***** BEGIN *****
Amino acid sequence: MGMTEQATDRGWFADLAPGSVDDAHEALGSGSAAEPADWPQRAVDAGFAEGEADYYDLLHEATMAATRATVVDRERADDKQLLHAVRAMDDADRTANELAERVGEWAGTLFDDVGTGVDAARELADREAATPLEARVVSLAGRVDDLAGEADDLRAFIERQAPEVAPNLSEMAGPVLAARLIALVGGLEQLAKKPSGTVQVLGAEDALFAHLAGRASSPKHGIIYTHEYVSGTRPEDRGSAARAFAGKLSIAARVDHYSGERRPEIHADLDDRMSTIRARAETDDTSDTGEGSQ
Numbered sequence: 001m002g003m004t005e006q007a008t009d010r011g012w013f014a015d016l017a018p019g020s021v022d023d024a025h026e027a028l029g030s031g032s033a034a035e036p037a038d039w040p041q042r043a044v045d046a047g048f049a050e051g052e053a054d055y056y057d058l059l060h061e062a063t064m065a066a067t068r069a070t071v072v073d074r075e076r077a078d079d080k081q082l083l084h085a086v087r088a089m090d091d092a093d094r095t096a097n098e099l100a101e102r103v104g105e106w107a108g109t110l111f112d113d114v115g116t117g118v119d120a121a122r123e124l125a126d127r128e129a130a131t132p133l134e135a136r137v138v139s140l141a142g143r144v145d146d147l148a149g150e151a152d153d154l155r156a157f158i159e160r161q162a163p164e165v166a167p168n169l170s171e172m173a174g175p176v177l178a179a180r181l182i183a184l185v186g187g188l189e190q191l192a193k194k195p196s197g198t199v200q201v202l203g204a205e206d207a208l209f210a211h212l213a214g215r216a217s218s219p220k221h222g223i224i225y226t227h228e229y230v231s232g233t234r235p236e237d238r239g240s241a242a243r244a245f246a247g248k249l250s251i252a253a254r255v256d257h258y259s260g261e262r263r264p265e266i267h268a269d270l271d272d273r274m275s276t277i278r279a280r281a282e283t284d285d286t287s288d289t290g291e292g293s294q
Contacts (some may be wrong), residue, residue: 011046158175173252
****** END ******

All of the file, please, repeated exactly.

Amino acid sequence: MGMTEQATDRGWFADLAPGSVDDAHEALGSGSAAEPADWPQRAVDAGFAEGEADYYDLLHEATMAATRATVVDRERADDKQLLHAVRAMDDADRTANELAERVGEWAGTLFDDVGTGVDAARELADREAATPLEARVVSLAGRVDDLAGEADDLRAFIERQAPEVAPNLSEMAGPVLAARLIALVGGLEQLAKKPSGTVQVLGAEDALFAHLAGRASSPKHGIIYTHEYVSGTRPEDRGSAARAFAGKLSIAARVDHYSGERRPEIHADLDDRMSTIRARAETDDTSDTGEGSQ
Numbered sequence: 001m002g003m004t005e006q007a008t009d010r011g012w013f014a015d016l017a018p019g020s021v022d023d024a025h026e027a028l029g030s031g032s033a034a035e036p037a038d039w040p041q042r043a044v045d046a047g048f049a050e051g052e053a054d055y056y057d058l059l060h061e062a063t064m065a066a067t068r069a070t071v072v073d074r075e076r077a078d079d080k081q082l083l084h085a086v087r088a089m090d091d092a093d094r095t096a097n098e099l100a101e102r103v104g105e106w107a108g109t110l111f112d113d114v115g116t117g118v119d120a121a122r123e124l125a126d127r128e129a130a131t132p133l134e135a136r137v138v139s140l141a142g143r144v145d146d147l148a149g150e151a152d153d154l155r156a157f158i159e160r161q162a163p164e165v166a167p168n169l170s171e172m173a174g175p176v177l178a179a180r181l182i183a184l185v186g187g188l189e190q191l192a193k194k195p196s197g198t199v200q201v202l203g204a205e206d207a208l209f210a211h212l213a214g215r216a217s218s219p220k221h222g223i224i225y226t227h228e229y230v231s232g233t234r235p236e237d238r239g240s241a242a243r244a245f246a247g248k249l250s251i252a253a254r255v256d257h258y259s260g261e262r263r264p265e266i267h268a269d270l271d272d273r274m275s276t277i278r279a280r281a282e283t284d285d286t287s288d289t290g291e292g293s294q
Contacts (some may be wrong), residue, residue: 011046158175173252